Blain’s presentation on how they are scaling Twitter (with ruby) to cope with the massive levels of traffic they are experiencing was awesome!
Blain was the developer at the center of last week’s big tempest in a teapot. He made some remarks in an interview that DHH took as an attack on the ability of ruby on rails to scale. The whole thing blew out of proportion but led to some good code, so all’s well that ends well I guess.
For the second day in a row, a slideshow from the silicon valley ruby conference is the most popular slideshow on slideshare. Do we have a geeky audience or what? I love it!
Rabble’s presentation on ActiveRecord at the Silicon Valley Ruby Conference was the clearest and most coherent explanation of ActiveRecord I’ve seen to date.
Check it out!
Rabble was previously lead developer at odeo, and is now part of the Yahoo skunkworks team (err.. “semi-autonomous business unit”) called Yahoo BrickHouse.
[Update: more cool ruby presentations have been archived by rubyinside. Sweet!]
The second annual Silicon Valley Ruby Conference is this weekend. Writeups here here, and here.
Should be a blast! Here’s the upcoming page. If you’re a Rubyist and you’re in Silly Valley already, it would be even sillier to miss this!
We’re super-happy to announce that WordPress.com now supports slideshare embeds. This has been a feature that our uses have been requesting since we launched.
Since wordpress.com strips out embedded code by default, the way is works is you grab a special “wordpress short code” from slideshare. You paste that into your blog article, and the slideshow will appear.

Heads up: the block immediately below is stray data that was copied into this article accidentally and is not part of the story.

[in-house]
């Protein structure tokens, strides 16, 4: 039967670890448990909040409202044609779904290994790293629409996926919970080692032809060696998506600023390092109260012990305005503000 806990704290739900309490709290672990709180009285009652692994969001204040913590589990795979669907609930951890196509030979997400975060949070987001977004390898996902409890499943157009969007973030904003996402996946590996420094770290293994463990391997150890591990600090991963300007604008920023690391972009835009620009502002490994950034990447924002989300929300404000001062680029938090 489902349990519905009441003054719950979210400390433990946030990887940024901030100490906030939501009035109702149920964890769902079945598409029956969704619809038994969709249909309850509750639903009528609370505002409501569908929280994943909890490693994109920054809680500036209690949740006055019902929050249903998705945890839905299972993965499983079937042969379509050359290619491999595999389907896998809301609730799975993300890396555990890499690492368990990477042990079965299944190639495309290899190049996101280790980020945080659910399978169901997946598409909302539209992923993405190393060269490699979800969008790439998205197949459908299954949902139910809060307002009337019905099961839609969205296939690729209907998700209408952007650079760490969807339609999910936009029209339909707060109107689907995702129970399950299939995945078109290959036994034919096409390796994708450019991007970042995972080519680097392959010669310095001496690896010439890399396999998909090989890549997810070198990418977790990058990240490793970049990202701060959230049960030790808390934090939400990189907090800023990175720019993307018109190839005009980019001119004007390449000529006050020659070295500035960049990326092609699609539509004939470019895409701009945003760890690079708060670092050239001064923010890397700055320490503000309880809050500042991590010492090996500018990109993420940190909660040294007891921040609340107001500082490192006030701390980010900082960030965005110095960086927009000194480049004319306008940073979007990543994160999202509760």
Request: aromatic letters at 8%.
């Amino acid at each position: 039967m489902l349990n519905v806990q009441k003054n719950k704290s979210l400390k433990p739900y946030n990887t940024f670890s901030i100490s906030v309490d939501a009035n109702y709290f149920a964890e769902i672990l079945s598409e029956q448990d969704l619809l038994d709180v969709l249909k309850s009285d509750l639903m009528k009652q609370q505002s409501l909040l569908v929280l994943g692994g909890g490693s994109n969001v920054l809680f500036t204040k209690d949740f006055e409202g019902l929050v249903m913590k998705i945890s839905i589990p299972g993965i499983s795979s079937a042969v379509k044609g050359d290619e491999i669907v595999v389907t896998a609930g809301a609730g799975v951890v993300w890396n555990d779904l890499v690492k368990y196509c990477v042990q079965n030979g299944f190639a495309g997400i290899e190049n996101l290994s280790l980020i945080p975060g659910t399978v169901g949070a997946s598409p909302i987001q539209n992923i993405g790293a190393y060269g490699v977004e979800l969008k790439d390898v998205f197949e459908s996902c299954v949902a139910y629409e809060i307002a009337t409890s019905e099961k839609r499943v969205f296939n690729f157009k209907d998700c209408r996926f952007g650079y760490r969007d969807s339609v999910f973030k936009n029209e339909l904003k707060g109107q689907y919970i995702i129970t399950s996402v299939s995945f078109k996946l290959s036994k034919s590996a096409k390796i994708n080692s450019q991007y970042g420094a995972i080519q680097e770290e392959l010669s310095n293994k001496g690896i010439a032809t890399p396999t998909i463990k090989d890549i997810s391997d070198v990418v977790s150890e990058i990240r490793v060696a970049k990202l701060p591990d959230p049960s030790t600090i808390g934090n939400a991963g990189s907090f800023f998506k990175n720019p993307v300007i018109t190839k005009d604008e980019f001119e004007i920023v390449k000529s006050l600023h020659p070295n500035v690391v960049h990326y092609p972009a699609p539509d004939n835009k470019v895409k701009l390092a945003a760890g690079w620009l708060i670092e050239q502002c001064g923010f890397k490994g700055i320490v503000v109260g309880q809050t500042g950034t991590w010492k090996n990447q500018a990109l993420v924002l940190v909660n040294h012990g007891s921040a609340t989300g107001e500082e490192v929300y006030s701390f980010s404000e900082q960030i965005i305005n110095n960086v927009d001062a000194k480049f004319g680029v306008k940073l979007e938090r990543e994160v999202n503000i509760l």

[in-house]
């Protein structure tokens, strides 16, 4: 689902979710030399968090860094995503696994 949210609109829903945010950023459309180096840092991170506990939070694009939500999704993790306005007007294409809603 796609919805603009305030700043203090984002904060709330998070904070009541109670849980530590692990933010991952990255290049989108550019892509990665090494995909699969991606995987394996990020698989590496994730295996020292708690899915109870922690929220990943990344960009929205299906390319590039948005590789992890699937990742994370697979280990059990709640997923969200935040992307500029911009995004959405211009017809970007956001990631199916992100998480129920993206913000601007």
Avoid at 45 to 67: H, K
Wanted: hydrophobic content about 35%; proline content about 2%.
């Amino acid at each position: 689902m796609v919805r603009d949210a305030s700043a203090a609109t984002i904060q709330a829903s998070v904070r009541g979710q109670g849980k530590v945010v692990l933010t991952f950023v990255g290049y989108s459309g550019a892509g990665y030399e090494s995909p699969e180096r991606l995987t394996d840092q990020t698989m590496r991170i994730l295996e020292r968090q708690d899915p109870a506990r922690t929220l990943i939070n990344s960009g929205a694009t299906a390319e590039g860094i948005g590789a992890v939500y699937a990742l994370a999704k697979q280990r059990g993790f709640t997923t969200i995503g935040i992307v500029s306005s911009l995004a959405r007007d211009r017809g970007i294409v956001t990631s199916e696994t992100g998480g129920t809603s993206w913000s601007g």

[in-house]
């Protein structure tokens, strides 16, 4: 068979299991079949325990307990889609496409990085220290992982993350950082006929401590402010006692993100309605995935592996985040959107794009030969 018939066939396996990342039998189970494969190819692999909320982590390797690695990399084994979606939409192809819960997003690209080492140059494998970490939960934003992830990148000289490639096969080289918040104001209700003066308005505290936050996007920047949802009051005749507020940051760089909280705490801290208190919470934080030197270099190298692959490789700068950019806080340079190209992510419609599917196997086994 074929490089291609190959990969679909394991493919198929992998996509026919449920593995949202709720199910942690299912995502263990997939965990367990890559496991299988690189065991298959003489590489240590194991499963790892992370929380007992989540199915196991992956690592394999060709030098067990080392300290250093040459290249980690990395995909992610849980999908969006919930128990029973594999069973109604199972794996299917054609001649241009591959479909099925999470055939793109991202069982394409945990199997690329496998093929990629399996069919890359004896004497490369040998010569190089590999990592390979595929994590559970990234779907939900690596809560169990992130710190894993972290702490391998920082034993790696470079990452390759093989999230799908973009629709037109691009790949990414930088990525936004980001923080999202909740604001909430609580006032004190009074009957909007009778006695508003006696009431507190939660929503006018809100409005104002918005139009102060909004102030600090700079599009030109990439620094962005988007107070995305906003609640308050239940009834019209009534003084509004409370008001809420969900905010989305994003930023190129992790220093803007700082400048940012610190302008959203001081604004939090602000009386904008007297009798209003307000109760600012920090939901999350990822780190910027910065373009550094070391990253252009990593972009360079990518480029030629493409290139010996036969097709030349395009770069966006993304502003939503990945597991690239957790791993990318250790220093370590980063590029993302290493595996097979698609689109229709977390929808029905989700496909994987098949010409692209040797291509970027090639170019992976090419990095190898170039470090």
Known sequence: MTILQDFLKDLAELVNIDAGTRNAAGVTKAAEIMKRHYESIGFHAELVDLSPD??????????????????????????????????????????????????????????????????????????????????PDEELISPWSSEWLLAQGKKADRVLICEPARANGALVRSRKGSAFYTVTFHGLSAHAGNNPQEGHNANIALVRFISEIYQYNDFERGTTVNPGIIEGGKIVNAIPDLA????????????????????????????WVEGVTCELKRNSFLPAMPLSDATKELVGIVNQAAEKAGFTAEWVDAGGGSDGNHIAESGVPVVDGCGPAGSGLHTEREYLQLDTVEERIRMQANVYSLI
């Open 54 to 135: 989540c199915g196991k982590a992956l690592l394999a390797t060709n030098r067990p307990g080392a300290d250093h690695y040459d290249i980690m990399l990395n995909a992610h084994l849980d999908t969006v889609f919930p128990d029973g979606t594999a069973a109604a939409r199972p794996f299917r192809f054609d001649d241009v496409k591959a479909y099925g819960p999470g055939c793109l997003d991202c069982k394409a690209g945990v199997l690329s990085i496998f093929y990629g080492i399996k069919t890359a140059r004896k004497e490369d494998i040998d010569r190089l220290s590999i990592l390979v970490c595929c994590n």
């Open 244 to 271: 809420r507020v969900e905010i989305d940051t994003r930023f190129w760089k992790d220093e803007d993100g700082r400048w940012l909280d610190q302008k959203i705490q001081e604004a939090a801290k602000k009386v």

They also added us to their “slideshows” link (which also has short codes for slide.com, rockyou, and splashcast).
Here’s some cool stuff I’ve seen so far at the Web 2.0 Expo.
iCalico: open-source conference social web app. From the tag-team duo Kellan and Rabble. Awesome stuff! You can rate talks, tag stuff, maintain your own schedule, everything you would expect from such an app. Super-cool.
(Update: conferenceer seems a somewhat similar app (found it off Chris Messina’s Twitter feed). Cool!
Spock is a search engine for searching for people. For example, if you type “arrested drunk driving” into it, it returns a list of people (#1 is Dick Cheney, #4 is Bush! Didn’t see any Kennedies on the list). VERY awesome, can’t wait for this to be out in the open (it’s in private beta now).
I also saw an amazing social app that I didn’t get the name of. It’s like youtube for beats. Simple recordings of beats get uploaded to the site, and tagged. People use the site to find beats to use while rapping. The folks doing it at the expo were amazing: it was the kind of thing you see in movies like “8 Mile”. I want to find out what this application was called today, if I do I’ll post it here.
UPDATE: The site is called dabeetz, from MedioStream. I tracked it down on mashable.
Andre Charland’s startup
just launched RobotReplay, which is a really cool!
I’ve got it installed on my blog, and I’ve been enjoying watching the movies. No real insights yet (I’m at the Web 2.0 Expo, and the internet connection is dog-slow, so haven’t been able to watch many users yet). But pretty neat stuff!
The internets are all atwitter about comments made by Twitter developer Alex Paynt, which seemed to partially blame Ruby / Rails for scaling problems twitter has been having.
The common wisdom in the Rails community at this time is that scaling
Rails is a matter of cost: just throw more CPUs at it. The problem
is that more instances of Rails (running as part of a Mongrel
cluster, in our case) means more requests to your database. At this
point in time there’s no facility in Rails to talk to more than one
database at a time.
Now some would be tempted to make a fuss over the fact that google has technically violated the BSD license that YUI ships with by removing the copyright notice from the source code (which was really silly, since it’s just in the source code: it doesn’t appear on the page at all).
But I think Yahoo should instead take this as a compliment to the awesome work that the YUI team has done over the past year. If the google devs are happy with how the code has worked, maybe they can write a customer testimonial for the YUI marketing folks to put on the YUI web site. Or maybe next year the google team can demo at the YUI party?